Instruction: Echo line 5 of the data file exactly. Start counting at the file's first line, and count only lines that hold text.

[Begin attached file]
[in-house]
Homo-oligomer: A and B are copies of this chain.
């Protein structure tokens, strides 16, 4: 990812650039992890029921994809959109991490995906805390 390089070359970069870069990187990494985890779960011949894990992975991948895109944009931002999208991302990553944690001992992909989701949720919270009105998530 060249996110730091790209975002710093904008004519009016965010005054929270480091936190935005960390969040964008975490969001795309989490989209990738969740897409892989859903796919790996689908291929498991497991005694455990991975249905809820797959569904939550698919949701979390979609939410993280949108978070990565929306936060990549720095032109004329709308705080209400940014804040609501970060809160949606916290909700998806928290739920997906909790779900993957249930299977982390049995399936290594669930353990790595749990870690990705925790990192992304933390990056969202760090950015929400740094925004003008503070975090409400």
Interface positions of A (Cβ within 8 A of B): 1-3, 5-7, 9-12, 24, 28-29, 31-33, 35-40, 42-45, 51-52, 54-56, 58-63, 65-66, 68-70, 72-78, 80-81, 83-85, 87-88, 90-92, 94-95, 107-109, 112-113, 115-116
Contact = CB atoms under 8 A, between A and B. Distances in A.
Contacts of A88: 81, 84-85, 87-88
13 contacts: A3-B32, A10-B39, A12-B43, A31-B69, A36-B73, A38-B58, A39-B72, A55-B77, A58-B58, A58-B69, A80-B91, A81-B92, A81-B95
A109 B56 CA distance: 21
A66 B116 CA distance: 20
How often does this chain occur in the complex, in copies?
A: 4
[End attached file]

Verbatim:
Contact = CB atoms under 8 A, between A and B. Distances in A.